Brian Russell's new book Stop Moaning, Start Owning: How Entitlement is Ruining America and How Personal Responsibility Can Fix It addresses the ways in which Americans lack personal responsibility and what needs to be done in order to be happy, emotionally and psychologically healthy.
This book, which I got a chance to review, was sort of preaching to the choir for me. I think people need to own up to responsibilities, especially people in my generation and younger. There are a lot of people with a lack of accountability, and Russell looks at what people blame for unhappiness, why we are in an age of entitlement, and what it really means to assume personal responsibility.
This Q&A with the author helps explain even more.
What are the 3 biggest "moans” of Americans in 2015?
They're unhappy, they want lots of nonessential things, and nothing's their fault.
Why is there so much moaning in America in 2015?
It starts at home. Some parents overindulge their kids, try to spare
their kids any disappointments, treat their kids like friends instead of
kids, and foster a grandiose narcissism in the kids, while other
parents get wrapped up in their own narcissism, have affairs, divorce,
start new families, and foster an angry narcissism in the kids. Then our
schools reinforce the narcissism by relaxing academic and behavioral
expectations, promoting self-esteem over self-efficacy, giving every kid
a trophy or canceling recognition ceremonies and banning holiday
parties so no kid has to experience not being
included in something. Meanwhile, churches, which tend to focus us on
things larger than ourselves, are increasingly absent from kids' lives
these days. Then our popular culture, from advertising to social media
to the idolization of miscreants in sports and entertainment, reinforces
the notion that life is all about me, that I deserve to have what I
want, to be happy, to be excused if I behave badly and that I'm owed
these things by others. And lastly, our public policy, from tax policy
to no-fault divorce laws to lax criminal penalties, too often rewards
entitlement instead and irresponsibility.
What does it mean to "own” instead of moan?
Owning is taking personal responsibility for one's happiness, for
fulfilling one's needs and wants in life, and for one's behavior, which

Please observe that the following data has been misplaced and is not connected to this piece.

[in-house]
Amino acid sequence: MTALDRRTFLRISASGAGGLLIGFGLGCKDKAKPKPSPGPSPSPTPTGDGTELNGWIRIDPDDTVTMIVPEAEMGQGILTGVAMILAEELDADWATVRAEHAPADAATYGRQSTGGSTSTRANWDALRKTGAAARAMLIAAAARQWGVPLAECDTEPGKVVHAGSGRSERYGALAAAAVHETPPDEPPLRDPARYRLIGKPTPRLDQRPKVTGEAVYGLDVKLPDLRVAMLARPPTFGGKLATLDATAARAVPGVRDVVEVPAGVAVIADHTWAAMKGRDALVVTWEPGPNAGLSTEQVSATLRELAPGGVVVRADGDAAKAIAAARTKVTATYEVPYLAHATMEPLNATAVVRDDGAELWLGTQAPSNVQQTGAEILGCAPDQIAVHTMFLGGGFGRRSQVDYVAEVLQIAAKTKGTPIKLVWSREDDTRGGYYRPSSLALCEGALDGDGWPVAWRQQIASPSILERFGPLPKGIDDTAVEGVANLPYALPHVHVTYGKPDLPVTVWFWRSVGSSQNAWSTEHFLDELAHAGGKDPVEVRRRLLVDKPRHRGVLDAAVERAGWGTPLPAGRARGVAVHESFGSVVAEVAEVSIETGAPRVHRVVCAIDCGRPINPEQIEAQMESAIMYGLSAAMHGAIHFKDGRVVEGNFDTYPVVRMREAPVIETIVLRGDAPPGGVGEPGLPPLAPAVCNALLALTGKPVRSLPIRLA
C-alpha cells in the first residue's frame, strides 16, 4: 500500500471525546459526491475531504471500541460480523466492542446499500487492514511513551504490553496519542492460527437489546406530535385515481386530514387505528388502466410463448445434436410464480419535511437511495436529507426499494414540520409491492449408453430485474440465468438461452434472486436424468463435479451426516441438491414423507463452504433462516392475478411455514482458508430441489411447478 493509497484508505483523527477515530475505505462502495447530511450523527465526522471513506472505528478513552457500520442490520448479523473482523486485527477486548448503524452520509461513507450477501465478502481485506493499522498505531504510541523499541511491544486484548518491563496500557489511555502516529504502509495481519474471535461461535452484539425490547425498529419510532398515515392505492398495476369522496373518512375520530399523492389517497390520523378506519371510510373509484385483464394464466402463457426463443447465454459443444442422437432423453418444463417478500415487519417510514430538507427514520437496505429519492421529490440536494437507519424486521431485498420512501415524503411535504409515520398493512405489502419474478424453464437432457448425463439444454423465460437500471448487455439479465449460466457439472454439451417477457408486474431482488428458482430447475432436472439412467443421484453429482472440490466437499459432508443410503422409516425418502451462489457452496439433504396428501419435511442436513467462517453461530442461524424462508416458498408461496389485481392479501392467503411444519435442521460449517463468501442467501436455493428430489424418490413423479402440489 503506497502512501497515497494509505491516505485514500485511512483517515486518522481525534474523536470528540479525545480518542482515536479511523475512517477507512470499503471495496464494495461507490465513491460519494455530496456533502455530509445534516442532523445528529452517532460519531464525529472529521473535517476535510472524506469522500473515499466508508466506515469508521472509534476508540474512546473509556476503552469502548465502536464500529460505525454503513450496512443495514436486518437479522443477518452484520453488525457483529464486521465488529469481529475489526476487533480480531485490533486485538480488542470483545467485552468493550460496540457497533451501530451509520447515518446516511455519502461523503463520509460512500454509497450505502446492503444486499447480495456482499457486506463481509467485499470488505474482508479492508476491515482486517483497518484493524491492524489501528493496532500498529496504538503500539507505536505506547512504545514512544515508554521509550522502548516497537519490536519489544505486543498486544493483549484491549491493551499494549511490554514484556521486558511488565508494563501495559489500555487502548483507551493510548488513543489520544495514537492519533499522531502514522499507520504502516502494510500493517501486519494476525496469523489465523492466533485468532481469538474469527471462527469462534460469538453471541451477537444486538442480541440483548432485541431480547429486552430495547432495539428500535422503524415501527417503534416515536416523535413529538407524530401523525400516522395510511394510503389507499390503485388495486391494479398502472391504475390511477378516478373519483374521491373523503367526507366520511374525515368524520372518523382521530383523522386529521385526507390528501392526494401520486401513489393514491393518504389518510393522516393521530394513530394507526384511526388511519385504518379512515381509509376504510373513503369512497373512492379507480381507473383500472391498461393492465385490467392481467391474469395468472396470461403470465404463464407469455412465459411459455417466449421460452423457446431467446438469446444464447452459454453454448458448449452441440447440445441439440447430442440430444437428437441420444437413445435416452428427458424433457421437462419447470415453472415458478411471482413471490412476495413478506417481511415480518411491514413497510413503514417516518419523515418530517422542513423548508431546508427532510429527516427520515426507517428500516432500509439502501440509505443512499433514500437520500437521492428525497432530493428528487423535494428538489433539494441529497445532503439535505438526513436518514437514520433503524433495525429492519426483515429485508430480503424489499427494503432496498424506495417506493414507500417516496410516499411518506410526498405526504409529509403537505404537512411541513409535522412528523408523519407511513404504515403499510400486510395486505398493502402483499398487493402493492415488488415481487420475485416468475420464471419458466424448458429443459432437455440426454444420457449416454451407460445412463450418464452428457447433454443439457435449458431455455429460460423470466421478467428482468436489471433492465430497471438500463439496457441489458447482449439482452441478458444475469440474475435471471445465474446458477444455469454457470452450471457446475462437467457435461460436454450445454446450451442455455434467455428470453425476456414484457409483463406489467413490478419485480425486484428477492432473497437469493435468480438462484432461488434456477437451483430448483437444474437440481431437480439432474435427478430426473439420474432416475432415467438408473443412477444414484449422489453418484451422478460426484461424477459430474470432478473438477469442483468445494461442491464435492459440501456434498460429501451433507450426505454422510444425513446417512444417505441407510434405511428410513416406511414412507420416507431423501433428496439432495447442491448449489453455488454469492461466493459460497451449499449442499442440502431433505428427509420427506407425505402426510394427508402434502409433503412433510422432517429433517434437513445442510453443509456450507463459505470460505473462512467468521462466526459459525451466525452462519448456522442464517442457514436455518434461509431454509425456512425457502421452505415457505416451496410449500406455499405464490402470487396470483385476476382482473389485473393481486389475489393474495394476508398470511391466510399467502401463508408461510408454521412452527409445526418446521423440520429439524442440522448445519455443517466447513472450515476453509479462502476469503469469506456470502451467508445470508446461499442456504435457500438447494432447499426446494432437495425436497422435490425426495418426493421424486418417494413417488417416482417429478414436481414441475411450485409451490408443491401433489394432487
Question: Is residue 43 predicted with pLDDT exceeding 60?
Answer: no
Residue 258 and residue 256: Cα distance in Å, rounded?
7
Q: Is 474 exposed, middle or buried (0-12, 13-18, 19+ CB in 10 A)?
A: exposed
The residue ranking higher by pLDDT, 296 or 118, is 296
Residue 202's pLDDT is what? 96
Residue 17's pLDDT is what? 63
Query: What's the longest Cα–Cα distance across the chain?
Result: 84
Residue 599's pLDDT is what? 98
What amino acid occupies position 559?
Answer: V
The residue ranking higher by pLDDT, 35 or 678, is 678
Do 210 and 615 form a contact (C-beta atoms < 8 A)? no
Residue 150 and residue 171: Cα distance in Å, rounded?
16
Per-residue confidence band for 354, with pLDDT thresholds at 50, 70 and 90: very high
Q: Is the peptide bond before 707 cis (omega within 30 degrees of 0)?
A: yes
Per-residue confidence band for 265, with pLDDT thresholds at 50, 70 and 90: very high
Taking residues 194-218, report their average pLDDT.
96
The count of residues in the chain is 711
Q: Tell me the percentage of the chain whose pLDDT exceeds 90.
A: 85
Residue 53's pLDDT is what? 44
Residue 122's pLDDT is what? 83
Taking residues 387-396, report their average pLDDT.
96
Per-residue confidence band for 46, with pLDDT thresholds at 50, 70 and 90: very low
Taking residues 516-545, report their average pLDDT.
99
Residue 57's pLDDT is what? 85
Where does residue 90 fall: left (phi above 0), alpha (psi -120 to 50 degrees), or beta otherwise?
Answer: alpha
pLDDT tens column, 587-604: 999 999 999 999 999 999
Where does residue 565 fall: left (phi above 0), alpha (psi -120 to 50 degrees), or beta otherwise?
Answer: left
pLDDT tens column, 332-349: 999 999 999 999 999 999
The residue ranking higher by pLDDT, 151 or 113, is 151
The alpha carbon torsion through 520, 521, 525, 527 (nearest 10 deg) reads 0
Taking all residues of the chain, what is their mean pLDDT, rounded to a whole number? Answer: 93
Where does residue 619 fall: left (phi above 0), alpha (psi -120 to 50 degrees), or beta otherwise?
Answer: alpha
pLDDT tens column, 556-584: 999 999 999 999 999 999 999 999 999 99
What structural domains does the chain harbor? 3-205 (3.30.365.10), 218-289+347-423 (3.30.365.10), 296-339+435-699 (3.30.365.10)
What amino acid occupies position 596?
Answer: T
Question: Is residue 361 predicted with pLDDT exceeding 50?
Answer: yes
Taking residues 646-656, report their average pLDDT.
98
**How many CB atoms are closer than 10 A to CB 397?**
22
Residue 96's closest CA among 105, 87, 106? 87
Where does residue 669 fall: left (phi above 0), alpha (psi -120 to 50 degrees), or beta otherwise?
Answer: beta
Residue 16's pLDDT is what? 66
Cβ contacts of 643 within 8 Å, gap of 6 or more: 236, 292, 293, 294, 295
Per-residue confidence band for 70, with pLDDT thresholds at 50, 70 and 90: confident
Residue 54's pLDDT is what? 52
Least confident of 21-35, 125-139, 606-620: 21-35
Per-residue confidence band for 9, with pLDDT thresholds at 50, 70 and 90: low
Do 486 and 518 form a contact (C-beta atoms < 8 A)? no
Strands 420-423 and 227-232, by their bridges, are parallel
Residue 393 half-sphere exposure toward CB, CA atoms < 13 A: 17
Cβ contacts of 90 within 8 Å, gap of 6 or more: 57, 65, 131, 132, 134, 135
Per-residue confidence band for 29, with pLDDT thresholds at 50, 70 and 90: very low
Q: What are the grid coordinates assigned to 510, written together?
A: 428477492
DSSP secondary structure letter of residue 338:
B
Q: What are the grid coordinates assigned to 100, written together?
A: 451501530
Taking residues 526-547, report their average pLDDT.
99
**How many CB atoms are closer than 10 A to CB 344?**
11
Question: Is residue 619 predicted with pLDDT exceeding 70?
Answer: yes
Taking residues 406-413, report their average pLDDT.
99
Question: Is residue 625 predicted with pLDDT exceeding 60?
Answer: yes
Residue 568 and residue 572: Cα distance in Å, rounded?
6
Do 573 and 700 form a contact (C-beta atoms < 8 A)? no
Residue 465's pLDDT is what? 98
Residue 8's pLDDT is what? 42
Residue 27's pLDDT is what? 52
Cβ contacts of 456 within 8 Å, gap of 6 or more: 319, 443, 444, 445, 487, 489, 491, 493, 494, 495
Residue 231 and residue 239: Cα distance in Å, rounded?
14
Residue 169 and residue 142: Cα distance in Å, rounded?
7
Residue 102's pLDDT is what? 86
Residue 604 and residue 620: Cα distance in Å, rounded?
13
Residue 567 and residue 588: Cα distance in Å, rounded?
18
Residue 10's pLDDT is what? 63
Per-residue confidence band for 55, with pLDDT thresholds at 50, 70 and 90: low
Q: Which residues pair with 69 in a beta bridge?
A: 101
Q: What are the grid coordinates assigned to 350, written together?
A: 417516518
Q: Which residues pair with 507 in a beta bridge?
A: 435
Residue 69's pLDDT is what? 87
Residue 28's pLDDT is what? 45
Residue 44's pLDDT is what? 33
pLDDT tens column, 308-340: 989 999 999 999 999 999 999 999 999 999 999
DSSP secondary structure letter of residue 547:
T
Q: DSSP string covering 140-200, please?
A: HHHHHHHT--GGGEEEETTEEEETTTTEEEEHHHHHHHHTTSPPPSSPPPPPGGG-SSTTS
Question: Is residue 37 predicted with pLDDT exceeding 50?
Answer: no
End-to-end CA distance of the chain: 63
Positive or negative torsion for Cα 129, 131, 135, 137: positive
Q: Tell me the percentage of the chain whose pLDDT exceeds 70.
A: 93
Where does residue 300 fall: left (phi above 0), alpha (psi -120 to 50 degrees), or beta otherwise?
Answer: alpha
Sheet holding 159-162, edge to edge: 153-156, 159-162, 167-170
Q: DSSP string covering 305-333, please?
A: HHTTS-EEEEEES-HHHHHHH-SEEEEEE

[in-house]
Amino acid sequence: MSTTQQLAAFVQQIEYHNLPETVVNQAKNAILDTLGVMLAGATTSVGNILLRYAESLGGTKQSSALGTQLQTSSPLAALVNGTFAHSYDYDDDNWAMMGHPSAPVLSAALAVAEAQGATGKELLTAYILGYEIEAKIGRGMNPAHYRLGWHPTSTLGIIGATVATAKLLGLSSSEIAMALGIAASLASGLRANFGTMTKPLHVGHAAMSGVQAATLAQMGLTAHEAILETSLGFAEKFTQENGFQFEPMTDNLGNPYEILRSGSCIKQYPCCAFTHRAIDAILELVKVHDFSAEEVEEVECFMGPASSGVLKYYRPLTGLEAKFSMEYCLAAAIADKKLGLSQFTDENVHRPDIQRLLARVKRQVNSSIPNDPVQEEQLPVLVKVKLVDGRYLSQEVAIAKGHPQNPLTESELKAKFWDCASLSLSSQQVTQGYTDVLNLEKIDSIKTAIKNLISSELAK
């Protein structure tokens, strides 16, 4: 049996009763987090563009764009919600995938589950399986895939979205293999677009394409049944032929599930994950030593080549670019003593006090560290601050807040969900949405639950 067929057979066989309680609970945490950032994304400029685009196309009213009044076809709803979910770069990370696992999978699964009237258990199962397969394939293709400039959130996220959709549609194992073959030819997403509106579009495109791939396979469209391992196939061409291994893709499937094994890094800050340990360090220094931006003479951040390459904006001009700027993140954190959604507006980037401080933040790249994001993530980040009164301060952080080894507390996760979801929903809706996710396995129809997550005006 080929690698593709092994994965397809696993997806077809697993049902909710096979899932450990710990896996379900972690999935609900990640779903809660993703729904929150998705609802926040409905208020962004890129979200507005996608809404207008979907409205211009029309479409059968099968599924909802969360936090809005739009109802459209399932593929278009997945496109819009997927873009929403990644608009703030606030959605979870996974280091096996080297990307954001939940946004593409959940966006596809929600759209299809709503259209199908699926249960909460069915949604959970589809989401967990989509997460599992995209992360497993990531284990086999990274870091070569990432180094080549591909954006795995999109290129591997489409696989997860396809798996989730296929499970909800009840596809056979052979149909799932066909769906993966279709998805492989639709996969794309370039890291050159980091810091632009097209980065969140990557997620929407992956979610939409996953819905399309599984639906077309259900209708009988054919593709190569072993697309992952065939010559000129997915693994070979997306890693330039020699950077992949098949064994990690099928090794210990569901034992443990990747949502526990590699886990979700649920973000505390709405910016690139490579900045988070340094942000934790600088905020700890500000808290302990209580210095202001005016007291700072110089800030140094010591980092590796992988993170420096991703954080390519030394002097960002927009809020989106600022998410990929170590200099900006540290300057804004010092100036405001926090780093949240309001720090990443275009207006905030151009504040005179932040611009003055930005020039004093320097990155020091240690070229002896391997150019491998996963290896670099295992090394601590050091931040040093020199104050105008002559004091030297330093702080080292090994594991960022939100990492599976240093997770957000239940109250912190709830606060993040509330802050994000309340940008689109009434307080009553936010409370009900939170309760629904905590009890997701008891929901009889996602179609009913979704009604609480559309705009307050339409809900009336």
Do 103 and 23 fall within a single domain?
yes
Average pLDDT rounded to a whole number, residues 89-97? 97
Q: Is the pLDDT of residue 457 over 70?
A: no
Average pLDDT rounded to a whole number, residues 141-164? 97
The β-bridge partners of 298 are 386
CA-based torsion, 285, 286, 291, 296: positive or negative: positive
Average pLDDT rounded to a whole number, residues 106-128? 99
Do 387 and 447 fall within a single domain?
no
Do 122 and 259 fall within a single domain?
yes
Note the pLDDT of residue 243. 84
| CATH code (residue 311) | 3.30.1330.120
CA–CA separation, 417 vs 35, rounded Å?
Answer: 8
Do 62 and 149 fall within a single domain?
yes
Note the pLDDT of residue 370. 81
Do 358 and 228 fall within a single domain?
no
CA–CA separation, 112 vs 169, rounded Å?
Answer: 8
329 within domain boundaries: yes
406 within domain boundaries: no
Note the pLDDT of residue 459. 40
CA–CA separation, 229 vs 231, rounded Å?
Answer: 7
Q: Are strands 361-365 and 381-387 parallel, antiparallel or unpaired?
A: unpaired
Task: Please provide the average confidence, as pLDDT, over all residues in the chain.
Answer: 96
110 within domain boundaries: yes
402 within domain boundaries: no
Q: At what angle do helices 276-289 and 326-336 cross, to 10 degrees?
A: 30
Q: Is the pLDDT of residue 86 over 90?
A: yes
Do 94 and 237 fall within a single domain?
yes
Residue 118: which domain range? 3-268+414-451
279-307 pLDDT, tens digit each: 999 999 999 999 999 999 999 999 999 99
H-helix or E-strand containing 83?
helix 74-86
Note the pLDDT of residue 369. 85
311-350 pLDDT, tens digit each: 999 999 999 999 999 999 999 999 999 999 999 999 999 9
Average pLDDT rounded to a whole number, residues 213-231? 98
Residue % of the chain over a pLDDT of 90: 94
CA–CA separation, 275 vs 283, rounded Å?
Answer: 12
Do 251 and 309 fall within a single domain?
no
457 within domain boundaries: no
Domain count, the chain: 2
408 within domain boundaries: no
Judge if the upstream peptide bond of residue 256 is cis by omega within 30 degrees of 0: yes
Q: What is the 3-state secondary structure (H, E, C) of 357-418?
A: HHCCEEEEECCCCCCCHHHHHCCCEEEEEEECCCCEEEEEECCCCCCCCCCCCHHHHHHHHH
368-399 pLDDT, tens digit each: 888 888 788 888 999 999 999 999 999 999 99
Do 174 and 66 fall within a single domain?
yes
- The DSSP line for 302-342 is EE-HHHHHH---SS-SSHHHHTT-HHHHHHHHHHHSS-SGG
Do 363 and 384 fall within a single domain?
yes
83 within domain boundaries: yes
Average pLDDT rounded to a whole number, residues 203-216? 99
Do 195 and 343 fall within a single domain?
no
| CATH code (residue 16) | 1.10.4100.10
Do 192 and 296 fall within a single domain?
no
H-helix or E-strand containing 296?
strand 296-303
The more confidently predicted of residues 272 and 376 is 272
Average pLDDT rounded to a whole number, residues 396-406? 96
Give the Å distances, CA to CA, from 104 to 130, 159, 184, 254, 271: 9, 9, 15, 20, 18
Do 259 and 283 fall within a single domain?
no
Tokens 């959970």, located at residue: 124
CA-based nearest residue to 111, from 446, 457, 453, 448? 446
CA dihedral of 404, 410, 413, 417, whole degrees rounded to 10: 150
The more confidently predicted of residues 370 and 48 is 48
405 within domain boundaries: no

components: first, accountability, for behavior that's been unproductive
in the past, and second, obligation, to behave productively in the
What enables people to stop moaning and start owning?
Ultimately, when we really think about what's best for us, individually
and collectively, it's owning, not moaning, and there are multiple
influences that can help people arrive at that conclusion sooner rather
than later in life. Again, it starts at home, with parents who work to
foster personal responsibility. Then schools and churches play roles in
reinforcing what those parents are doing at home and teaching kids to
buck the cultural trend toward entitlement. And finally, the right
public policy rewards personal responsibility instead of entitlement.
What's your prescription for personal prosperity?
Eight simple steps that any able-bodied, able-minded adult – poor,
rich, white, black, female, or male – can implement: 1) Don't commit any
crimes, 2) Don't get addicted to anything, 3) Don't quit school, 4)
Don't make a baby out of wedlock (these four "don'ts” alone will keep
virtually anyone out of poverty in America, but those who want to not
just stay out of poverty but actually prosper in America can add these
next four "do's”), 5) Do delay gratification, 6) Do take personal
responsibility for fulfilling your needs and wants, 7) Do be
accountable, and 8) Do make a uniquely positive contribution to
something larger than yourself.
What's your prescription for
living a more grateful life?
Adopting a grateful perspective on life acts as an inoculation against
entitlement and a booster of personal responsibility, and all that's
required are four simple steps which, here again, anyone can implement:
1) Get your priorities straight, 2) Count your blessings, 3) Give
thanks, sincerely and often, and 4) Be generous.
About the Author:
Brian Russell is a clinical psychologist and an attorney who also holds
an MBA. Among the major media psychologists, he has an incomparably
well-rounded perspective on what inhibits productive behavior and
facilitates destructive behavior at the individual, family, and societal
levels in America. As a therapist, Dr. Brian has spent countless hours
treating adult and child clinical and relational problems, as well as
representing both high- and low-profile clients as a lawyer, explaining
the root causes of destructive behavior as an expert in courtrooms,
classrooms, boardrooms, and to the general public via speeches, radio.